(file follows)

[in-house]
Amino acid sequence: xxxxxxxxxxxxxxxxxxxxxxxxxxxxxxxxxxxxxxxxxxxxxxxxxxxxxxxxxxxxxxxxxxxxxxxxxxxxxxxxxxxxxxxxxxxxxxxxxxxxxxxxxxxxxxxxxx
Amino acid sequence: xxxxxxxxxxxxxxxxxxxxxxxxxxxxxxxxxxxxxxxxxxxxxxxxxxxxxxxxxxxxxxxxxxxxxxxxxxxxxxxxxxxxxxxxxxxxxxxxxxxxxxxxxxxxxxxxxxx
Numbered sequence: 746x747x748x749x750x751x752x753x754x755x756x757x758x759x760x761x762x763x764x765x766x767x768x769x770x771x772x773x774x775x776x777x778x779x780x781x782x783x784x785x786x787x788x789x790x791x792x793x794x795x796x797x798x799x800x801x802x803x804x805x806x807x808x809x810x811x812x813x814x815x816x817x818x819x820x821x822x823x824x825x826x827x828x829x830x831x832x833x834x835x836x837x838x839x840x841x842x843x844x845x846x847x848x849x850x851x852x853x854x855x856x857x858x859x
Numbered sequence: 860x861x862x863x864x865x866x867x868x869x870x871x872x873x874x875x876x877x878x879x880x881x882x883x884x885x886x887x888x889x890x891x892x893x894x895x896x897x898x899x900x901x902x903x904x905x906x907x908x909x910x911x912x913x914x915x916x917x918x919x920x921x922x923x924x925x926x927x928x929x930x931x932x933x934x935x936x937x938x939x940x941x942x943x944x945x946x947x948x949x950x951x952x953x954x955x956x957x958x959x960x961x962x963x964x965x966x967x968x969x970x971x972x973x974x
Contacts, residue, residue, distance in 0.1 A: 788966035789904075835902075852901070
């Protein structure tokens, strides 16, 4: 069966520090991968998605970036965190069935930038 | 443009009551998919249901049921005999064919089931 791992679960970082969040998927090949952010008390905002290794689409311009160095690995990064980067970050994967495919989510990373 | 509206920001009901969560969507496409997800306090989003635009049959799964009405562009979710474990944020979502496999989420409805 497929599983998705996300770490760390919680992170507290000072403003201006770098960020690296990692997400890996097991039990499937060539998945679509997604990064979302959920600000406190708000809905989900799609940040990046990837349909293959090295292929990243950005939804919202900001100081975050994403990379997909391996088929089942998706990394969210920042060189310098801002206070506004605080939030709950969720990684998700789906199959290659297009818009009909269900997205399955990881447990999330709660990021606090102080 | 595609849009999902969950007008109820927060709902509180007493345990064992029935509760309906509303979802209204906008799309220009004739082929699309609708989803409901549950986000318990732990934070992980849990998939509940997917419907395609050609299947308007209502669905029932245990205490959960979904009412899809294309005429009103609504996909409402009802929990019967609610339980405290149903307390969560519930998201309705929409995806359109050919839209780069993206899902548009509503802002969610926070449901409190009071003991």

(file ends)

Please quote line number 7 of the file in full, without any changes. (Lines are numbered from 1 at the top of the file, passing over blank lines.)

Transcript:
């Protein structure tokens, strides 16, 4: 069966520090991968998605970036965190069935930038 | 443009009551998919249901049921005999064919089931 791992679960970082969040998927090949952010008390905002290794689409311009160095690995990064980067970050994967495919989510990373 | 509206920001009901969560969507496409997800306090989003635009049959799964009405562009979710474990944020979502496999989420409805 497929599983998705996300770490760390919680992170507290000072403003201006770098960020690296990692997400890996097991039990499937060539998945679509997604990064979302959920600000406190708000809905989900799609940040990046990837349909293959090295292929990243950005939804919202900001100081975050994403990379997909391996088929089942998706990394969210920042060189310098801002206070506004605080939030709950969720990684998700789906199959290659297009818009009909269900997205399955990881447990999330709660990021606090102080 | 595609849009999902969950007008109820927060709902509180007493345990064992029935509760309906509303979802209204906008799309220009004739082929699309609708989803409901549950986000318990732990934070992980849990998939509940997917419907395609050609299947308007209502669905029932245990205490959960979904009412899809294309005429009103609504996909409402009802929990019967609610339980405290149903307390969560519930998201309705929409995806359109050919839209780069993206899902548009509503802002969610926070449901409190009071003991």